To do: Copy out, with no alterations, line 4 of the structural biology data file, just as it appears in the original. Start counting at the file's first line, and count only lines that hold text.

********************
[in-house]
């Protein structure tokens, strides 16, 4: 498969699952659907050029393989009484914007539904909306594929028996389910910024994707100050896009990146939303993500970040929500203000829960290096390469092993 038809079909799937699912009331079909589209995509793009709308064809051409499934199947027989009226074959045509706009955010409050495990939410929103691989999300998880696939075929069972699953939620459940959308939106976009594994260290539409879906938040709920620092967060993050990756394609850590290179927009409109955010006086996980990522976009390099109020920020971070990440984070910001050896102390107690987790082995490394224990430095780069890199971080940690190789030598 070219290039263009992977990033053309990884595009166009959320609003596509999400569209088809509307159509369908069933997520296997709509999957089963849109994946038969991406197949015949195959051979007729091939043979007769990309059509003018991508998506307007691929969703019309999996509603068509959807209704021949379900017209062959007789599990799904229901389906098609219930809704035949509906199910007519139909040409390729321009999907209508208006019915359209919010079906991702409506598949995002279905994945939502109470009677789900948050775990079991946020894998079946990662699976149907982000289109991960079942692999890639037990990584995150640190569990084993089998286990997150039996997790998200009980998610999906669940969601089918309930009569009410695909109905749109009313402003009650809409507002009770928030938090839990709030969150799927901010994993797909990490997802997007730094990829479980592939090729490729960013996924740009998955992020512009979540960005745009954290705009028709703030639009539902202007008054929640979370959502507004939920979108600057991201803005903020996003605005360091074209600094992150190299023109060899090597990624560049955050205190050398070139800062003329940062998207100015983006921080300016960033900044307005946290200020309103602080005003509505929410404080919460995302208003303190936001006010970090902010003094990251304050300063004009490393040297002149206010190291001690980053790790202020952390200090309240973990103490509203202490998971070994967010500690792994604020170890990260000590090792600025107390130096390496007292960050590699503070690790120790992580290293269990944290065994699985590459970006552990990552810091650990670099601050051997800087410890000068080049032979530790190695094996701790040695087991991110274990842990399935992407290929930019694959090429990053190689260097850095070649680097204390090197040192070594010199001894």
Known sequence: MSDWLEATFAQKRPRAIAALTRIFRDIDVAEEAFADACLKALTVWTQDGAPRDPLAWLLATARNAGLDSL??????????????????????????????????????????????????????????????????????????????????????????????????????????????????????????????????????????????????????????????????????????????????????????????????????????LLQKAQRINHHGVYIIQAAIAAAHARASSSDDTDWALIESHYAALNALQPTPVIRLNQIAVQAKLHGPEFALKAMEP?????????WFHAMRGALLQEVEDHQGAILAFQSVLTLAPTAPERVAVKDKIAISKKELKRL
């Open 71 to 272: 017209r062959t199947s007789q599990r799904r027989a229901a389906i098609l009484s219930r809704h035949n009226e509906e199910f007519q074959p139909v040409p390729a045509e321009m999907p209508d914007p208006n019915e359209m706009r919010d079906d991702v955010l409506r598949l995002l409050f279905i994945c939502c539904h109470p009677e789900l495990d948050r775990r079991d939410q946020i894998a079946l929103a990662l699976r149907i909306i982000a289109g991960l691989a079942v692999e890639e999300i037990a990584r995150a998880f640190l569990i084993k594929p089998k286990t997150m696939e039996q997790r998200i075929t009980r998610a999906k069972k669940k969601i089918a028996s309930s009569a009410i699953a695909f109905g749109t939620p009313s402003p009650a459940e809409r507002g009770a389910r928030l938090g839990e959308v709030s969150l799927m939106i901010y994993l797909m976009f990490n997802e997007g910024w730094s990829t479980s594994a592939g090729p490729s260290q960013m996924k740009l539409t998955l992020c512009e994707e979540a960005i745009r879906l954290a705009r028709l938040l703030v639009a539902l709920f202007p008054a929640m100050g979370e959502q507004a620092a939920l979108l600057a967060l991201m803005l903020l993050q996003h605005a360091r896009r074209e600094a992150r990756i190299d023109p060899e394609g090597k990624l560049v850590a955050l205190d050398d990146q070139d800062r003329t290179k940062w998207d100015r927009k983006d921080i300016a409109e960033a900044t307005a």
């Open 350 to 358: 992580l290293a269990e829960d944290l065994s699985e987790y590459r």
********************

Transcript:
């Open 71 to 272: 017209r062959t199947s007789q599990r799904r027989a229901a389906i098609l009484s219930r809704h035949n009226e509906e199910f007519q074959p139909v040409p390729a045509e321009m999907p209508d914007p208006n019915e359209m706009r919010d079906d991702v955010l409506r598949l995002l409050f279905i994945c939502c539904h109470p009677e789900l495990d948050r775990r079991d939410q946020i894998a079946l929103a990662l699976r149907i909306i982000a289109g991960l691989a079942v692999e890639e999300i037990a990584r995150a998880f640190l569990i084993k594929p089998k286990t997150m696939e039996q997790r998200i075929t009980r998610a999906k069972k669940k969601i089918a028996s309930s009569a009410i699953a695909f109905g749109t939620p009313s402003p009650a459940e809409r507002g009770a389910r928030l938090g839990e959308v709030s969150l799927m939106i901010y994993l797909m976009f990490n997802e997007g910024w730094s990829t479980s594994a592939g090729p490729s260290q960013m996924k740009l539409t998955l992020c512009e994707e979540a960005i745009r879906l954290a705009r028709l938040l703030v639009a539902l709920f202007p008054a929640m100050g979370e959502q507004a620092a939920l979108l600057a967060l991201m803005l903020l993050q996003h605005a360091r896009r074209e600094a992150r990756i190299d023109p060899e394609g090597k990624l560049v850590a955050l205190d050398d990146q070139d800062r003329t290179k940062w998207d100015r927009k983006d921080i300016a409109e960033a900044t307005a």